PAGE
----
i’ll start with the bad stuff.
i got laid off today. i knew it was coming but i couldn’t say anything until it was official. because this is the internet, and job issues are sensitive, i don’t want to express my feelings and opinions about this on here but if you want to ask me about it you can talk to me online or on facebook!
now the good stuff!
i finished the semester last week! i made A’s in both of my classes.
i’ve enjoyed my time off so far and i know im going to enjoy the rest of it even more. casey and i have a busy busy next few weeks! here’s a quick run down:
– tonight: christmas with reid and ashley
– tomorrow: going away dinner for friends
– friday: the much anticipated and talked about mezzell christmas par-tay
– saturday: looking at a house & casey’s company christmas party
– sunday: going away lunch for same friends as above & youth progressive dinner/movie night
– monday: PACK!
– tuesday-friday: christmas in enterprise with casey’s family
– saturday-saturday: christmas in texas with my family
OH MAN it’s going to be busy and fun! i love this time of year! i still have to finish making and wrapping some presents. i can’t wait to give presents…and get presents of course. i love giving presents just as much as i love getting presents and i LOVE getting presents. yay!
if you are interested, here’s the article i wrote for my final project in my magazine writing class.
6 reasons why fat is your friend
So often you hear about the negative effects of fat and why you shouldn’t have it in your meals and on your body. With all the focus on why you shouldn’t have it, it can be easy to forget why you should. Here are some friendly reminders of how a little fat can do you a lot of good.
1. It keeps you alive
Whether you like it or not, your body needs fat to function. “Fat is vital for life, so you can’t just say all fat is bad,” says Ann Capper, R.D., a registered dietitian for over 25 years who is currently the nutrition editor and online panelist for findingbalance.com. Fat is a nutrient that plays a number of important roles in the body. In addition to cushioning your organs and keeping you warm, fat is crucial for transporting essential vitamins such as A, D, E, and K into the bloodstream, explains Capper. Fat is also an important component of our cell membranes, “it’s part of the structure of our bodies.”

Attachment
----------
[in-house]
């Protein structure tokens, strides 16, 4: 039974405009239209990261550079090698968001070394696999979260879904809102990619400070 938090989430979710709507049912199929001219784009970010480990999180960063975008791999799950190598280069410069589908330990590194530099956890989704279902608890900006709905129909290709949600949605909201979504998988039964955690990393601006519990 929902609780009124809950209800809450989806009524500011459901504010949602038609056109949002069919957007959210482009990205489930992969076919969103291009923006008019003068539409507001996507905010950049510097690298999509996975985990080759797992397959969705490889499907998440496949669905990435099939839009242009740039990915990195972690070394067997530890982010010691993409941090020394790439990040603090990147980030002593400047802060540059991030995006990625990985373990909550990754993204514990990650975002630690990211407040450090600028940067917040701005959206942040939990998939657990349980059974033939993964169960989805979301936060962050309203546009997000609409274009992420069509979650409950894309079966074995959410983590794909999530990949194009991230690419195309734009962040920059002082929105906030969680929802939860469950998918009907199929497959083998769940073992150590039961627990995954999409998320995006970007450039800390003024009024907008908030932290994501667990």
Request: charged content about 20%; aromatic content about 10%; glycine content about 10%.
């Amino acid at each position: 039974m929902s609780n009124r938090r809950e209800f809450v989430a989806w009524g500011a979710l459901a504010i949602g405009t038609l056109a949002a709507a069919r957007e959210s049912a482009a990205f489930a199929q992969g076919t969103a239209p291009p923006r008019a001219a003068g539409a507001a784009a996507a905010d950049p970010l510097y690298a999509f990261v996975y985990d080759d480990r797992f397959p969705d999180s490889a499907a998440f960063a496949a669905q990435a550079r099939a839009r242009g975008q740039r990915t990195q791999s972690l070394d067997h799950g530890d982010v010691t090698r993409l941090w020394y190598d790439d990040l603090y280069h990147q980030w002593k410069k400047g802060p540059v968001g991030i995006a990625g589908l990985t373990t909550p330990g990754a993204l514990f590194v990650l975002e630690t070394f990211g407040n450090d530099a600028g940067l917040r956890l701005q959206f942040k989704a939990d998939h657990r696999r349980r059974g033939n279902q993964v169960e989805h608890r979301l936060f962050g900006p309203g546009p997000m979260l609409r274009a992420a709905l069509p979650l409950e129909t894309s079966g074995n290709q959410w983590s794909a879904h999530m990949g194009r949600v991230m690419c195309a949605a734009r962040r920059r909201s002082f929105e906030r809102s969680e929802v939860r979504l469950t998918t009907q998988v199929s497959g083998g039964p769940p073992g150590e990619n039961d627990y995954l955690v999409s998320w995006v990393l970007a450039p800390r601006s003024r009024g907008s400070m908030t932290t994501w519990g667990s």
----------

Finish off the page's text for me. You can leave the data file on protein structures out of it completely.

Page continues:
2. It’s brain food
Fat not only fuels your body, it fuels your mind as well. Your brain is made up of more than 60% fat, however, your body does not produce the majority of the fat in your brain. Instead, it must be supplied by your diet, explains Karlene Karst, a registered dietitian and the clinical research and education coordinator at Bioriginal Food and Science Corp in Saskatchewan, Canada. “The fats essential for optimal brain activity are the omega-3 fatty acids” that can be found in fatty, cold water fish like salmon and tuna. When you eat enough of these fats, “the membranes of the brain perform at their peak level, which is essential for regulating mood, emotions, and staving off depression,” says Karst.
3. It keeps our hearts strong
A number of studies show diets that include appropriate amounts of unsaturated fats can improve cardiovascular health and reduce the risk of developing heart disease. The American Heart Association recommends getting 25-35% of your daily calories primarily from these fats. To meet this requirement, they suggest eating 3 ounces of fatty-fish twice a week. The omega-3 fats found in these fish, like salmon and trout, appear to lower blood cholesterol, which can prevent blood clots and heart attacks, says Kathleen Zelman MPH, RD/LD., director of nutrition for WebMD Health. Other fats associated with promoting heart health can be found in olives and olive oil, avocados, almonds, and peanuts (which recent studies confirm could lower your risk of coronary heart disease by up to 35% when snacked on regularly).
4. It keeps you looking good
Experts agree, eating foods that contain polyunsaturated fats, like walnuts, promote healthy hair and skin. Ann Capper, R.D. explains that when you don’t eat enough of these fats your “body can’t produce enough oil in the skin and hair, which in turn become dry and dull. You need adequate amounts of polyunsaturated fats to keep your skin supple and your hair shiny”
5. It can help you manage weight
Despite what most women might believe, eating fat does not necessarily make you fat. In fact, adding the right kinds of fat to your diet can do just the opposite. Adding healthy, unsaturated fats to your meals “helps to slow down the digestion and the absorption of food so you feel satisfied longer,” says Capper. Like Capper, many experts agree that low-fat or fat-free foods and diets usually hinder, rather than help, with weight management. When you limit or cut out fats from your diet you end up being hungrier and will most likely eat more in the long run. Also, processed low-fat and fat-free foods usually don’t mean they are low-calorie. Jennifer Jordan, R.D., a registered dietitian at the University of Alabama at Birmingham, explains, “if fat is removed, chemically it has to be replaced with something else to give the food the same texture, look, or feel.” These fat “fillers” usually equate to more carbohydrates and sugars. Capper agrees, warning, “Don’t assume that low-fat means low-calorie.”
6. You could be a mess without it
As if you aren’t convinced a little healthy fat can have big benefits, consider this. Lori Lipinski, a certified nutritional consultant, says, “the clients I see who eat low-fat diets are usually the most unhealthy people that I work with. They typically suffer from symptoms of depression, fatigue, anxiety, mood swings, hypoglycemia, insulin resistance, constant and insatiable hunger, gall bladder problems (gas, bloating, “acid-reflux,” loose stools), hormonal imbalances, and even lack of menstruation in young women.” The truth is, fat is essential to your health.